Wireshark is a great program for watching the conversations go by on your
network, and Bjorn and Dave have brought up some important points.
> It isn't any help on point to point connections on a switched network
> unless you are one of the points in the connection.
Since the "inline hub" won't provide you with much visibility into what's
happening between machines on a switched LAN (except for broadcast
traffic, as Dave points out), you'd need to follow Bjorn's suggestion to
get access to that traffic.
> Some managed switches have a port that is specifically for seeing all
> the data also.
If you have managed switches at the core of your network, this feature
can help substantially*. It's frequently called a "monitor port", or "port
mirroring". The idea is that you instruct the switch to copy ALL the data
being transferred across it to one special port, to which you connect your
sniffer. If your network is even moderately busy, the monitor port should
probably be a Gigabit port, if you have them available, and the sniffer
should be sporting a Gbit NIC and be a fairly robust machine. (Otherwise
both the switch and Wireshark will, I believe, drop packets in order to
keep up with the realtime data.)
* It won't be a silver bullet, though, if you have multiple switches
chained together, and the traffic you want to watch never transits the
switch running your monitor port.
That said, there are programs other than Wireshark that are perhaps
better-suited to analyzing your bandwidth utilization. If you have a Linux
machine available (or could maybe boot your sniffer computer using a live
CD like Knoppix), iptraf will do bandwidth analysis on a per-station
basis (i.e., it'll show the top network nodes by amount of data
transferred). iptraf calls this feature "LAN station monitor". Because
it's analyzing the raw Ethernet transfer (including non-IP protocols like
AppleTalk and IPX/SPX), it lists each station by MAC address, but it's
pretty easy to find out which MAC owns a given IP from the command line
arp -a | grep -i 00:ma:ca:dd:re:ss
(You have to add the colons yourself, as iptraf leaves them out.)
Additionally, if your switch(es) and firewall support SNMP queries, you
could install Cacti, which can graph all transfer on all ports in
five-minute increments with a minimum of configuration. (This also assumes
that you have a Linux machine at your disposal on the LAN, though.)
Hope this helps. Let me know if you have questions.
Sam Hooker [log in to unmask] |
Consulting Engineer, Partner |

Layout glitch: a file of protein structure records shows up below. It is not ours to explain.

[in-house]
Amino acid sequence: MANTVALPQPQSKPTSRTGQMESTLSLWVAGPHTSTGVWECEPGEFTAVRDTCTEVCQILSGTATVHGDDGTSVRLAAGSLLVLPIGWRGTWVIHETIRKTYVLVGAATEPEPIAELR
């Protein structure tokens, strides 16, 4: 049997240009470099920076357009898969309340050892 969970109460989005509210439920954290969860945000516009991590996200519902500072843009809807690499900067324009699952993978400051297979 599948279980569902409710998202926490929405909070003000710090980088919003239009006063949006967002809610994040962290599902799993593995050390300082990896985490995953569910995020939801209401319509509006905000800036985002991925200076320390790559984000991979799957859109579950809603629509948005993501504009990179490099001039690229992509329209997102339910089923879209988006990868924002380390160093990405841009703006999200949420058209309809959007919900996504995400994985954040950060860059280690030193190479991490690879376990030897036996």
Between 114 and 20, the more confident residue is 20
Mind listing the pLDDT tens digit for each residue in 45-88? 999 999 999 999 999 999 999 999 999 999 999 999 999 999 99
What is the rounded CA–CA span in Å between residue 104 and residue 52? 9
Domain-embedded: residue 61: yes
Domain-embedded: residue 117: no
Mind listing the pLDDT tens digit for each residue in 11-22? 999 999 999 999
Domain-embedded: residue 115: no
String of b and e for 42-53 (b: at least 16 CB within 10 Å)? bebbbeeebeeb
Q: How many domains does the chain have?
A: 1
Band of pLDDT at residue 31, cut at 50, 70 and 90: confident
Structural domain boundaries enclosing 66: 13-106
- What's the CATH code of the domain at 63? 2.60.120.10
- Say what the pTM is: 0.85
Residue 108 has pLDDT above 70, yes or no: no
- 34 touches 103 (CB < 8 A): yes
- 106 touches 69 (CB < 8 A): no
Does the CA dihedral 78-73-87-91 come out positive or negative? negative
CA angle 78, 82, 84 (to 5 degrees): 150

ClearBearing, Inc. (802)846-1855 |
Internet engineering | network services |
> Date: Fri, 20 Apr 2007 09:29:19 -0400
> From: Bryan Thompson <[log in to unmask]>
> Subject: Ethereal (Network Sniffing Advice)
> I have a funny story to tell you, but I also have a question.
> Yesterday, our e-mail server kept timing out, and our Internet
> connection was at a crawl for many hours of the day. I called
> SoverNet, our Internet provider, and I was told that we were using
> our entire bandwidth. This morning, same thing. I decided to
> download, and install ethereal on a windows box, and I started
> sniffing - yes, without reading the manual. While the program was
> sniffing, I got a call from [someone] in the district that has very
> few security restrictions because this [someone] can be trusted, and
> needs more access than other people. Anyhow, this person was needed
> help with something else in his/her room, which I fixed, but then
> said person said his/her computer was acting slow, and wondered if he/
> she stopped a few downloads if it would speed up her computer. I took
> a look, and said person was downloading 28 large files at one time.
> We discussed what happens when too many large files are downloaded at
> one time, and that problem was resolved.
> This is a funny story because I accidentally found the problem, but
> I'd like to know more about sniffing programs. The data that I got
> back from ethereal, out of the box didn't help me find the problem
> right away - I did only run it for a minute though just to play with
> it. Can anyone give me advice on reading ethereal data, or any other
> network sniffing solutions? Also, I installed ethereal on a regular
> PC box in my office - I'm guessing the box should be in front of our
> firewall to get better data, or maybe right behind it, as I wouldn't
> be able to see our internal IP addresses in front of it?
> Bryan Thompson
> Technology Coordinator
> Winooski School District
> 60 Normand Street
> Winooski, VT 05404